High School Achievement

Building an Educational Foundation

Breaking the cycle of poverty starts in the classroom. When students receive support through middle school and high school, they can finish high school ready to succeed in college or career.

Students that graduate from high school are already more prepared for future success than those that don’t. A high school graduate has better employment opportunities and higher earning potential, earning over $300,000 more than non-graduates. Increasing the graduation rate changes communities for the better, with healthier residents, lower crime rates and less public money spent on supportive social services. Children are also more likely to graduate if their parents did, creating a lasting cycle of positive change.

Our high school graduation rates are improving, but there’s still work to be done. In 2016, the Clark County graduation rate was 74%, an improvement from years before but still behind the national graduation rate of 82%. Nevada  had the lowest graduation rate in the country for Black students and the second lowest for English Language Learners in the 2014-15 school year.

Our goal is to improve graduation rates across Clark County, particularly in our most disadvantaged schools.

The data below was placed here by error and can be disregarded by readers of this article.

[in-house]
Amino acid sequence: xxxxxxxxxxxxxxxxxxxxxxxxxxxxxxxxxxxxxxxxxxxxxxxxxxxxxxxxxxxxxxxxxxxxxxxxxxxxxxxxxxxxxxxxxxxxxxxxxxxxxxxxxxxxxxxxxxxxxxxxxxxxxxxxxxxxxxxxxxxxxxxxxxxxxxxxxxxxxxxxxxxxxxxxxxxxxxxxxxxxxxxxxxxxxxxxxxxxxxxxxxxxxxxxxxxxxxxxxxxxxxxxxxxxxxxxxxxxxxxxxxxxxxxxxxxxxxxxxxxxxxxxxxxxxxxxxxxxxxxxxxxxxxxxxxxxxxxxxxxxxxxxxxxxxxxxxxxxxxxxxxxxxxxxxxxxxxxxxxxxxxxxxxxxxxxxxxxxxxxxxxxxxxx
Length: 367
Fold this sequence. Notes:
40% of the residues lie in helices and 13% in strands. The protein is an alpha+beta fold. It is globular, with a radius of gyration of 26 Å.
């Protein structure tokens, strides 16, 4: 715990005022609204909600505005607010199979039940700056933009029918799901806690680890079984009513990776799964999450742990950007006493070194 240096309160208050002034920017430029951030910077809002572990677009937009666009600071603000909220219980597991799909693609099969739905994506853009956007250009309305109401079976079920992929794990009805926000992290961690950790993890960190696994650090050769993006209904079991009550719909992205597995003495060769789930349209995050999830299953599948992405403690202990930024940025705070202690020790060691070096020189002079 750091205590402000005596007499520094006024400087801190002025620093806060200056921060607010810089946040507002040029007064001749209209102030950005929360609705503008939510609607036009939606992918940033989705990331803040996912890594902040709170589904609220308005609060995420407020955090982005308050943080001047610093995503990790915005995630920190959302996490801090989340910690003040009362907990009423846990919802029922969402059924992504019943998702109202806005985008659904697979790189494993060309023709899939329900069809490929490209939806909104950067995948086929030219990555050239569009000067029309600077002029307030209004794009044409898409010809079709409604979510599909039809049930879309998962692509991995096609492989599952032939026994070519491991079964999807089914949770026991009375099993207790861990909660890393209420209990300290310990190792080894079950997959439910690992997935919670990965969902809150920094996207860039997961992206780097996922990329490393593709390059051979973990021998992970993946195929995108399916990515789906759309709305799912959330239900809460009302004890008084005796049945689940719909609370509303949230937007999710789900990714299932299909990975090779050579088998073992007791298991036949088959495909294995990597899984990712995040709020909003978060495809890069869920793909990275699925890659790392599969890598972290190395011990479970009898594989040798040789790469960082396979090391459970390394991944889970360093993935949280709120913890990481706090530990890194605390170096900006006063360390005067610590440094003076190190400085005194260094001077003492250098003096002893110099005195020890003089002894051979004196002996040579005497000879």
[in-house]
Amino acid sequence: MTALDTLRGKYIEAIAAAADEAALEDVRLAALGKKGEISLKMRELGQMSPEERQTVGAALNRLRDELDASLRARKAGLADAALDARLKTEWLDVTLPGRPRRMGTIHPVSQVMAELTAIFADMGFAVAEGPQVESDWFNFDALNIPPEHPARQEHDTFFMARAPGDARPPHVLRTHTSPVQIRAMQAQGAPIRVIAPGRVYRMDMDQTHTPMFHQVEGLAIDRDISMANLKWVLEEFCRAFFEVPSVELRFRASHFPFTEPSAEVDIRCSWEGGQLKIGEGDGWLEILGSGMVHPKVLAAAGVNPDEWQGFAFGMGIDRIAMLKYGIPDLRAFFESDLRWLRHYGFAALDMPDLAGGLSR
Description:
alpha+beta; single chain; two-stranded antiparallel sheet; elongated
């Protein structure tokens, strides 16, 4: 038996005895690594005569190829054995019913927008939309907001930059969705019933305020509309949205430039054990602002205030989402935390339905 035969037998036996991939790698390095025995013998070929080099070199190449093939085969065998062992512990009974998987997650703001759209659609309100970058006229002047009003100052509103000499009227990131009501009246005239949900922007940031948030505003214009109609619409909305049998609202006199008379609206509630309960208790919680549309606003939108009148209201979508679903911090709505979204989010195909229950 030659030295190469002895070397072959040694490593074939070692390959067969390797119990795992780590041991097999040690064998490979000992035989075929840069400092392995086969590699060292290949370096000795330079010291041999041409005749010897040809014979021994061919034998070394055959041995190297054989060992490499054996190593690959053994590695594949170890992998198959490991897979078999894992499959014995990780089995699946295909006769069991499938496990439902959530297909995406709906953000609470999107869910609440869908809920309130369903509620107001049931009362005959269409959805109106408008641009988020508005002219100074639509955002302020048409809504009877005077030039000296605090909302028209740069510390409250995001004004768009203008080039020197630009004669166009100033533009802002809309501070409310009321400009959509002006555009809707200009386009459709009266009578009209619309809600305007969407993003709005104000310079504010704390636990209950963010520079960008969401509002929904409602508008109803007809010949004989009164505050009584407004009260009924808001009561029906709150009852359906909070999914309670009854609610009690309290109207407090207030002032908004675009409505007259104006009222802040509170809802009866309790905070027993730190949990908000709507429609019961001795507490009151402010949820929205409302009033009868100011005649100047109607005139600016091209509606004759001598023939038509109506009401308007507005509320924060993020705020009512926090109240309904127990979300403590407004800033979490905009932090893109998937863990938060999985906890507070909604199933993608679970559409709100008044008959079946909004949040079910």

During middle school, we help students gain academic skills and increase school participation. In high school, we provide students with resources to stay on track to graduate and explore college. Through these efforts, we can create a positive cycle of education in our community. 

We’re helping students graduate by supporting programs that:

  • Improve school participation through access to needed supports for school-aged children and youth

  • Build academic skills in school-aged children and youth

  • Increase life, career, and college skills for school-aged children through out-of-school time and/or enrichment opportunities

  • Create environments that promote and support college and career pathways

Read the High School Achievement Community Report.